Cyber self-defense

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In cybersecurity, cyber self-defense refers to self-defense against cyberattack.[1] While it generally emphasizes active cybersecurity measures by computer users themselves, cyber self-defense is sometimes used to refer to the self-defense of organizations as a whole,[2] such as corporate entities or entire nations.[3][4][5] Surveillance self-defense[6][7][8] is a variant of cyber self-defense and largely overlaps with it. Active and passive cybersecurity measures provide defenders with higher levels of cybersecurity, intrusion detection, incident handling and remediation capabilities. Various sectors and organizations are legally obligated to adhere to cyber security standards.


Organizations may conduct a penetration test via internal team or hire a third-party organization to audit the organization's systems. Larger organizations may conduct internal attacker-defender scenarios with a "red team" attacking and a "blue team" defending. The defenders, namely threat hunters, system administrators, and programmers, proactively manage information systems, remediate vulnerabilities, gather cyber threat intelligence, and harden their operating systems, code, connected devices, and networks. Blue teams may include all information and physical security personnel employed by the organization.[9] Physical security may be tested for weaknesses, and all employees may be the target of social engineering attacks and IT security audits. Digital and physical systems may be audited with varying degrees of knowledge of relevant systems to simulate realistic conditions for attackers and for employees, who are frequently trained in security practices and measures. In full-knowledge test scenarios, known as white box tests, the attacking party knows all available information regarding the client's systems. In black box tests, the attacking party is provided with no information regarding the client's systems. Gray box tests provide limited information to the attacking party.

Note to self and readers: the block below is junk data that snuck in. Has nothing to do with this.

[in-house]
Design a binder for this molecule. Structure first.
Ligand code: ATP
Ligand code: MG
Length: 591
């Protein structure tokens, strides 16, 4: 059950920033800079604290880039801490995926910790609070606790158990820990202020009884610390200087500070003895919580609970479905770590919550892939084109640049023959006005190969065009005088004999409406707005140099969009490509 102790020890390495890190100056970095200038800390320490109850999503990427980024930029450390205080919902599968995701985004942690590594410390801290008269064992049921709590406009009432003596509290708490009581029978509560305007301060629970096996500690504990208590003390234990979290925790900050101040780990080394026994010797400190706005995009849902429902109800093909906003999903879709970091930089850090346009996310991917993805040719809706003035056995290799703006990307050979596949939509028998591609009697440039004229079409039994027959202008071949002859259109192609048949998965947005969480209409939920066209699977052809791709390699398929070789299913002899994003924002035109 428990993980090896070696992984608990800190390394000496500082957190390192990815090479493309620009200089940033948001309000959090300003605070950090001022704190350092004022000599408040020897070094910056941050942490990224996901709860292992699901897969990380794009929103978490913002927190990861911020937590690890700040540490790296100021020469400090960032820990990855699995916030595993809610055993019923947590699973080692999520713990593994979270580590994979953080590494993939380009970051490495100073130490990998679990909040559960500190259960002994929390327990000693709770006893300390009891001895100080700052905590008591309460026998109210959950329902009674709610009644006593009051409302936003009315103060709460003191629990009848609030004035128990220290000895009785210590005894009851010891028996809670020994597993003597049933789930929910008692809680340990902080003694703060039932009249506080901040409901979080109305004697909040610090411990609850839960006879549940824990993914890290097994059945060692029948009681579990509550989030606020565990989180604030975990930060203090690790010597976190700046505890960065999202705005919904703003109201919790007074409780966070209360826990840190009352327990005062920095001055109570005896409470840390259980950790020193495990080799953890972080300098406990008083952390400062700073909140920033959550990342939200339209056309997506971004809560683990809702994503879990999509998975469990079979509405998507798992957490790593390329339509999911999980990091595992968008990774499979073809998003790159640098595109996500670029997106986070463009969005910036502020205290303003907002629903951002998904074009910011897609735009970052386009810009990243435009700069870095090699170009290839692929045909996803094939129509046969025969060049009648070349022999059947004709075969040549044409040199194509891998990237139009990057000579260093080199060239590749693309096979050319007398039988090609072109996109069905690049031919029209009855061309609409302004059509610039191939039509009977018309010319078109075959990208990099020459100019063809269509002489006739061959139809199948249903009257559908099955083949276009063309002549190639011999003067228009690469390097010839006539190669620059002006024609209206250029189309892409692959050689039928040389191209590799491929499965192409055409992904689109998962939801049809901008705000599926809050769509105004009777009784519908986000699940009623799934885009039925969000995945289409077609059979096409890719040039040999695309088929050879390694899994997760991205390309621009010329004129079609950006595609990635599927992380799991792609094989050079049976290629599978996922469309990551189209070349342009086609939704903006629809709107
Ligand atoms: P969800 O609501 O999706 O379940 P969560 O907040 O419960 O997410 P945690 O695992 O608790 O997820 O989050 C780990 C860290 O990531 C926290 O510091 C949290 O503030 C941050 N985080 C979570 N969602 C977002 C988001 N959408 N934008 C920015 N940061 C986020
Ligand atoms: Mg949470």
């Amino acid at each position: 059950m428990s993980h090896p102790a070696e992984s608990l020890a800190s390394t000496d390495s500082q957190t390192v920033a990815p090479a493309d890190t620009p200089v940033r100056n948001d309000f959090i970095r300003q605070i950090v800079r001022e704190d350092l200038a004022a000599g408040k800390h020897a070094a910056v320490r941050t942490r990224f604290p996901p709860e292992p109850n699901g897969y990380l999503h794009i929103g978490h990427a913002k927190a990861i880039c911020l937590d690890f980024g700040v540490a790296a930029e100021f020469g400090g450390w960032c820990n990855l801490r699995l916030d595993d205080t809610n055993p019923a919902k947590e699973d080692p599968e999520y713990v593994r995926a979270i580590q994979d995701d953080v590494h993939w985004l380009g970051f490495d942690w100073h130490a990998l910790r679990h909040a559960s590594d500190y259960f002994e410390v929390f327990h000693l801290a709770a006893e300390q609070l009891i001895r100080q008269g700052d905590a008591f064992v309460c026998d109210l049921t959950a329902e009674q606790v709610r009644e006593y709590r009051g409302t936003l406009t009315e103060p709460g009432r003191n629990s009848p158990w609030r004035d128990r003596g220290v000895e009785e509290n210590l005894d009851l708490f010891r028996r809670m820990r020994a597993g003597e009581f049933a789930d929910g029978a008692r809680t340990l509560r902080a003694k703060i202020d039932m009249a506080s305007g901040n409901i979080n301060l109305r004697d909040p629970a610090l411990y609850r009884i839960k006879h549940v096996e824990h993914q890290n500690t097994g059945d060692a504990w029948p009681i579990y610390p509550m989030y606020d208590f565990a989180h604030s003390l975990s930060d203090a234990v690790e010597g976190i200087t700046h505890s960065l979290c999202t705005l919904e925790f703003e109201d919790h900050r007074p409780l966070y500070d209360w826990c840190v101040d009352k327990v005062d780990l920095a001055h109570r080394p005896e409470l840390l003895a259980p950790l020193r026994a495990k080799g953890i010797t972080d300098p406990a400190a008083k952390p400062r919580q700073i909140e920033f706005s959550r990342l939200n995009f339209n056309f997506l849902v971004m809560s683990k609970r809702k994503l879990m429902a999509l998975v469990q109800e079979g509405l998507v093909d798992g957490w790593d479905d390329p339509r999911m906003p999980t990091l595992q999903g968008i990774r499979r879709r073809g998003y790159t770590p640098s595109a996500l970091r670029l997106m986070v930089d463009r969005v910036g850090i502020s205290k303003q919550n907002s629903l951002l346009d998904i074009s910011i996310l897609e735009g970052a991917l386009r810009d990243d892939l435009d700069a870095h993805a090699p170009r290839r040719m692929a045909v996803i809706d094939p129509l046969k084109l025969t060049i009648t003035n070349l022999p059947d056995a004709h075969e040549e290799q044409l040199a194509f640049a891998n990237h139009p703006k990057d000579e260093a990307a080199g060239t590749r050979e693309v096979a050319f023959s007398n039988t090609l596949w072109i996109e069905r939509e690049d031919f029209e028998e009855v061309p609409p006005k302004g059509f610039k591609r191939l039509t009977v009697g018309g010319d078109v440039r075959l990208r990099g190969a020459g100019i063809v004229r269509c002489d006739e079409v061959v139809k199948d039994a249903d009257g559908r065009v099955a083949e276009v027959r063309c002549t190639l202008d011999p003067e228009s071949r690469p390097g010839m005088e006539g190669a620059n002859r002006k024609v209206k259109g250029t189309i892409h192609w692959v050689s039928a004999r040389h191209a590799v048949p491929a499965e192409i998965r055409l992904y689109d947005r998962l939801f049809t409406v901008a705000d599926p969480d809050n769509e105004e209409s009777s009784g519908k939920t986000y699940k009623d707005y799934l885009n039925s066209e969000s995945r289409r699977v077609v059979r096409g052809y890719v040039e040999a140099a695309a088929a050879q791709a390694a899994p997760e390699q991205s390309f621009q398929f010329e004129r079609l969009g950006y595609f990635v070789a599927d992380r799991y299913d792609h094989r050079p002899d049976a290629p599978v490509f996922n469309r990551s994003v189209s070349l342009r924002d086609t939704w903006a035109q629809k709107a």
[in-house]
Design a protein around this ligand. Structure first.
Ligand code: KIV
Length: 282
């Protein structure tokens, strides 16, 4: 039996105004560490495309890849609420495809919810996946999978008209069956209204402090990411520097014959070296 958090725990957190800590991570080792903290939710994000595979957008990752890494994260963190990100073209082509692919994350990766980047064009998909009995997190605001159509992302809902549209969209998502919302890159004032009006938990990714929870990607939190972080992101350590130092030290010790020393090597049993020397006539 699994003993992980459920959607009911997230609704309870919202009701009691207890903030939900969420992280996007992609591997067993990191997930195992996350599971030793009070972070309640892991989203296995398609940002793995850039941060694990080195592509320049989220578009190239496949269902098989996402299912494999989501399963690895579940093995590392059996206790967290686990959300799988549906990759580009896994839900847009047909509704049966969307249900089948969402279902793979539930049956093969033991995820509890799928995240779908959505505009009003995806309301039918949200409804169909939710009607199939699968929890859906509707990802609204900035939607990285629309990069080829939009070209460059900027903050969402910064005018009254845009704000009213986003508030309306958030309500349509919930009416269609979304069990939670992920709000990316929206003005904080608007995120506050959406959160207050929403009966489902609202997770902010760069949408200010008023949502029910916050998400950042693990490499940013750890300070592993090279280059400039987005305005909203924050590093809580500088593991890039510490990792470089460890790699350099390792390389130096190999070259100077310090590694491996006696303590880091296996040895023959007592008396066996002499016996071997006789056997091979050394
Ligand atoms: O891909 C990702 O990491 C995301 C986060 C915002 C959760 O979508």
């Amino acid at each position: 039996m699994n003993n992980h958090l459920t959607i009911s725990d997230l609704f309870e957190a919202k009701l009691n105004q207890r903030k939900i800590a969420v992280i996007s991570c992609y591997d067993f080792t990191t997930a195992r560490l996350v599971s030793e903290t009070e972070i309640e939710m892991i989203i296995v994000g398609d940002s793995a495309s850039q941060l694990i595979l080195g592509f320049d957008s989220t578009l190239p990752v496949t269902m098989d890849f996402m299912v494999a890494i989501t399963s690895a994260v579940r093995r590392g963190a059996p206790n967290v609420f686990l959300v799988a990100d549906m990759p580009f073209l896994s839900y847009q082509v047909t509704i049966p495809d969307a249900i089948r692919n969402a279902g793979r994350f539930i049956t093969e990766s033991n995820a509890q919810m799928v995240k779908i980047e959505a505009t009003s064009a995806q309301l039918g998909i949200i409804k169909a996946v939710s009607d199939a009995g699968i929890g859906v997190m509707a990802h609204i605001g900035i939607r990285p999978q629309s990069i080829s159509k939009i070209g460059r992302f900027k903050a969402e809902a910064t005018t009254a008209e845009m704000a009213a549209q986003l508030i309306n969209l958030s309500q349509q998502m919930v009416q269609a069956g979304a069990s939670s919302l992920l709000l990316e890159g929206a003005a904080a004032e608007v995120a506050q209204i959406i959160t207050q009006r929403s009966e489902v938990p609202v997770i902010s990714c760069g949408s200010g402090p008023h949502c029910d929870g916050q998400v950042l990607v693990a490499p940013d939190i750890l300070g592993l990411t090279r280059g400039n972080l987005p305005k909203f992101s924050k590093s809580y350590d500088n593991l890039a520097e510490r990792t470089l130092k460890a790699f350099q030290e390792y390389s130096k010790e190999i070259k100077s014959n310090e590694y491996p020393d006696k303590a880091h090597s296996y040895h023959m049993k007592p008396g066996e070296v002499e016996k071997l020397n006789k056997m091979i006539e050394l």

Cybersecurity researcher Jeffrey Carr compares cyber self-defense to martial arts as one's computer and network attack surface may be shrunk to reduce the risk of exploitation.[10]



  • Enable multi-factor authentication.[11]
  • Minimize authentication risk by limiting the number of people who know one's three common authentication factors, such as "something you are, something you know, or something you have." Unique information is characterized as possessing a particular degree of usefulness to a threat actor in gaining unauthorized access to a person's information.